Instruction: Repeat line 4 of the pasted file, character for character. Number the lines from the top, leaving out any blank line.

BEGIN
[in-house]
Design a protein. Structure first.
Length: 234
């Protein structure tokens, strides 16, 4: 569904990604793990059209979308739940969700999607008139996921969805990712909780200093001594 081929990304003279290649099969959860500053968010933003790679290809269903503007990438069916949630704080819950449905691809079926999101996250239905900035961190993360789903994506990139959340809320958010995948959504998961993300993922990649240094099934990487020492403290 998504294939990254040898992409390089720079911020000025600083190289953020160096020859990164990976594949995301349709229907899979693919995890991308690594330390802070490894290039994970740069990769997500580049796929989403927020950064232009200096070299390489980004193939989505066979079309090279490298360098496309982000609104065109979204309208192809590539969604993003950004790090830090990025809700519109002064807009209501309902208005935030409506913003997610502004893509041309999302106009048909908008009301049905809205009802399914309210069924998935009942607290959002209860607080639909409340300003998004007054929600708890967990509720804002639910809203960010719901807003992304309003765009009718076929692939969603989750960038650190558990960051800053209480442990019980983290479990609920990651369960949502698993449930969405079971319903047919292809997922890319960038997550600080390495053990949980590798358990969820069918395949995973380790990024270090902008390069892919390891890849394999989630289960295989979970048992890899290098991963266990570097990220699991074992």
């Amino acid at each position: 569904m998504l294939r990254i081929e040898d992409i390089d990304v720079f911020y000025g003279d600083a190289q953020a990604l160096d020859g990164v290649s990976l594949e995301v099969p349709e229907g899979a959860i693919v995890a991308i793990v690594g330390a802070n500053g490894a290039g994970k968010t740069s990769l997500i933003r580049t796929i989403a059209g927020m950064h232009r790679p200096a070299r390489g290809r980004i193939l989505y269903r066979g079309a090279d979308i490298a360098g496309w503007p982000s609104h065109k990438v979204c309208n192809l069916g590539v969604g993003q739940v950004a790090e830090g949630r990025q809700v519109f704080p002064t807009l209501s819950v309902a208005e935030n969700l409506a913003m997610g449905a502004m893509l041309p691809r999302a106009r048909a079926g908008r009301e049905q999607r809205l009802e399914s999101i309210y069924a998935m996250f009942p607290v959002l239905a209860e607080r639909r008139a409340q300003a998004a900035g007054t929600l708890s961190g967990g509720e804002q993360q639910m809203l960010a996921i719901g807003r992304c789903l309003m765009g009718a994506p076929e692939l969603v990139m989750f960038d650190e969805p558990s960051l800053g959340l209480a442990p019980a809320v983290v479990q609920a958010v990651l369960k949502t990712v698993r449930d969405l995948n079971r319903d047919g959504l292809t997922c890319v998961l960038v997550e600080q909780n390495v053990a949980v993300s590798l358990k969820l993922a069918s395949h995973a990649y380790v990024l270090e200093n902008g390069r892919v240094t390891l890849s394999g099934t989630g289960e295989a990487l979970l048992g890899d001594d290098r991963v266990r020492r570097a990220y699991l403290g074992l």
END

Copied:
């Protein structure tokens, strides 16, 4: 569904990604793990059209979308739940969700999607008139996921969805990712909780200093001594 081929990304003279290649099969959860500053968010933003790679290809269903503007990438069916949630704080819950449905691809079926999101996250239905900035961190993360789903994506990139959340809320958010995948959504998961993300993922990649240094099934990487020492403290 998504294939990254040898992409390089720079911020000025600083190289953020160096020859990164990976594949995301349709229907899979693919995890991308690594330390802070490894290039994970740069990769997500580049796929989403927020950064232009200096070299390489980004193939989505066979079309090279490298360098496309982000609104065109979204309208192809590539969604993003950004790090830090990025809700519109002064807009209501309902208005935030409506913003997610502004893509041309999302106009048909908008009301049905809205009802399914309210069924998935009942607290959002209860607080639909409340300003998004007054929600708890967990509720804002639910809203960010719901807003992304309003765009009718076929692939969603989750960038650190558990960051800053209480442990019980983290479990609920990651369960949502698993449930969405079971319903047919292809997922890319960038997550600080390495053990949980590798358990969820069918395949995973380790990024270090902008390069892919390891890849394999989630289960295989979970048992890899290098991963266990570097990220699991074992």